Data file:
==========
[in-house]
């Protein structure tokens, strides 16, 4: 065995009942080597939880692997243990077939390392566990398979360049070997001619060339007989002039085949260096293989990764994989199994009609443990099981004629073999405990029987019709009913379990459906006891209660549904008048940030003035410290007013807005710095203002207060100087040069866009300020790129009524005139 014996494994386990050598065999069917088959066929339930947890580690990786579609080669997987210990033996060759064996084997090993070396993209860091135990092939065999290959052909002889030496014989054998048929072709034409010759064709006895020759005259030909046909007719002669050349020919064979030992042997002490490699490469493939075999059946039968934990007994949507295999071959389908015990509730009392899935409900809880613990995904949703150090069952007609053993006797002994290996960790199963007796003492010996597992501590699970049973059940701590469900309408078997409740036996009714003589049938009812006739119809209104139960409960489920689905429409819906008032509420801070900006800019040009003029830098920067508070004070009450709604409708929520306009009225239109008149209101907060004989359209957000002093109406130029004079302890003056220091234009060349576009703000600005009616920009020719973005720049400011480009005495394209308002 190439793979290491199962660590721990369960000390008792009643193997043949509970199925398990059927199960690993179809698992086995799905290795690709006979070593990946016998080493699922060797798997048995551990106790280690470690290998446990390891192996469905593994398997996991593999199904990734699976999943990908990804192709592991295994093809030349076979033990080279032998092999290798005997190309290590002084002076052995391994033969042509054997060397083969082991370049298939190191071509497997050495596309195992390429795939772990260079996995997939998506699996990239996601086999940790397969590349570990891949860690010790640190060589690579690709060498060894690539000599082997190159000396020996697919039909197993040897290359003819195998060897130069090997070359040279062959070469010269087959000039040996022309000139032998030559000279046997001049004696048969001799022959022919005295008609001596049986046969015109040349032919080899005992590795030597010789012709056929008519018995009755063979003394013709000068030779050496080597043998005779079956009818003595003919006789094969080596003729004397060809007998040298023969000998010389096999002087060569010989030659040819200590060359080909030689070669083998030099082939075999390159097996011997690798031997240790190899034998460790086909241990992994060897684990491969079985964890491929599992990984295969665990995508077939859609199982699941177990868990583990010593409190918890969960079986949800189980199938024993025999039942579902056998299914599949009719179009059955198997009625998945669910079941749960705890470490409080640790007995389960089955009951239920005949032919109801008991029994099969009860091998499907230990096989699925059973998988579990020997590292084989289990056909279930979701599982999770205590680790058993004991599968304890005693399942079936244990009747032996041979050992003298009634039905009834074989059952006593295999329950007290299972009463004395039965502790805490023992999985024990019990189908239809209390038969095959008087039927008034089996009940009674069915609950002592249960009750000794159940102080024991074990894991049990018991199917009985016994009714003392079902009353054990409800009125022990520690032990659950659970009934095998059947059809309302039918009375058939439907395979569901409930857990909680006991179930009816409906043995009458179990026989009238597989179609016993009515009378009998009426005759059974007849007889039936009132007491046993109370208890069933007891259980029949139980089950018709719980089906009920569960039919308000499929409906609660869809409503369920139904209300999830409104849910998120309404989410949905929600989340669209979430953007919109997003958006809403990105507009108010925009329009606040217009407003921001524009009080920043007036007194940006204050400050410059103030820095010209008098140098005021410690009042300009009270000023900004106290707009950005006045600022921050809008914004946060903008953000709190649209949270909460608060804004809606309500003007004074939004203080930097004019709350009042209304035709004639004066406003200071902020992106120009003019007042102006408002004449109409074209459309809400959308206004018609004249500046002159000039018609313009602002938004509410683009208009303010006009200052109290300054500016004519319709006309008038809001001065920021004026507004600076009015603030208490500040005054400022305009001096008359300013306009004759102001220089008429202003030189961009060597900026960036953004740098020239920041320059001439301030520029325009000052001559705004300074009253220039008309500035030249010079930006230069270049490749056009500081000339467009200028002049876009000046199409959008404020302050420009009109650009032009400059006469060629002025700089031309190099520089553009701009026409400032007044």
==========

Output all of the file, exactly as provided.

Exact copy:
[in-house]
């Protein structure tokens, strides 16, 4: 065995009942080597939880692997243990077939390392566990398979360049070997001619060339007989002039085949260096293989990764994989199994009609443990099981004629073999405990029987019709009913379990459906006891209660549904008048940030003035410290007013807005710095203002207060100087040069866009300020790129009524005139 014996494994386990050598065999069917088959066929339930947890580690990786579609080669997987210990033996060759064996084997090993070396993209860091135990092939065999290959052909002889030496014989054998048929072709034409010759064709006895020759005259030909046909007719002669050349020919064979030992042997002490490699490469493939075999059946039968934990007994949507295999071959389908015990509730009392899935409900809880613990995904949703150090069952007609053993006797002994290996960790199963007796003492010996597992501590699970049973059940701590469900309408078997409740036996009714003589049938009812006739119809209104139960409960489920689905429409819906008032509420801070900006800019040009003029830098920067508070004070009450709604409708929520306009009225239109008149209101907060004989359209957000002093109406130029004079302890003056220091234009060349576009703000600005009616920009020719973005720049400011480009005495394209308002 190439793979290491199962660590721990369960000390008792009643193997043949509970199925398990059927199960690993179809698992086995799905290795690709006979070593990946016998080493699922060797798997048995551990106790280690470690290998446990390891192996469905593994398997996991593999199904990734699976999943990908990804192709592991295994093809030349076979033990080279032998092999290798005997190309290590002084002076052995391994033969042509054997060397083969082991370049298939190191071509497997050495596309195992390429795939772990260079996995997939998506699996990239996601086999940790397969590349570990891949860690010790640190060589690579690709060498060894690539000599082997190159000396020996697919039909197993040897290359003819195998060897130069090997070359040279062959070469010269087959000039040996022309000139032998030559000279046997001049004696048969001799022959022919005295008609001596049986046969015109040349032919080899005992590795030597010789012709056929008519018995009755063979003394013709000068030779050496080597043998005779079956009818003595003919006789094969080596003729004397060809007998040298023969000998010389096999002087060569010989030659040819200590060359080909030689070669083998030099082939075999390159097996011997690798031997240790190899034998460790086909241990992994060897684990491969079985964890491929599992990984295969665990995508077939859609199982699941177990868990583990010593409190918890969960079986949800189980199938024993025999039942579902056998299914599949009719179009059955198997009625998945669910079941749960705890470490409080640790007995389960089955009951239920005949032919109801008991029994099969009860091998499907230990096989699925059973998988579990020997590292084989289990056909279930979701599982999770205590680790058993004991599968304890005693399942079936244990009747032996041979050992003298009634039905009834074989059952006593295999329950007290299972009463004395039965502790805490023992999985024990019990189908239809209390038969095959008087039927008034089996009940009674069915609950002592249960009750000794159940102080024991074990894991049990018991199917009985016994009714003392079902009353054990409800009125022990520690032990659950659970009934095998059947059809309302039918009375058939439907395979569901409930857990909680006991179930009816409906043995009458179990026989009238597989179609016993009515009378009998009426005759059974007849007889039936009132007491046993109370208890069933007891259980029949139980089950018709719980089906009920569960039919308000499929409906609660869809409503369920139904209300999830409104849910998120309404989410949905929600989340669209979430953007919109997003958006809403990105507009108010925009329009606040217009407003921001524009009080920043007036007194940006204050400050410059103030820095010209008098140098005021410690009042300009009270000023900004106290707009950005006045600022921050809008914004946060903008953000709190649209949270909460608060804004809606309500003007004074939004203080930097004019709350009042209304035709004639004066406003200071902020992106120009003019007042102006408002004449109409074209459309809400959308206004018609004249500046002159000039018609313009602002938004509410683009208009303010006009200052109290300054500016004519319709006309008038809001001065920021004026507004600076009015603030208490500040005054400022305009001096008359300013306009004759102001220089008429202003030189961009060597900026960036953004740098020239920041320059001439301030520029325009000052001559705004300074009253220039008309500035030249010079930006230069270049490749056009500081000339467009200028002049876009000046199409959008404020302050420009009109650009032009400059006469060629002025700089031309190099520089553009701009026409400032007044």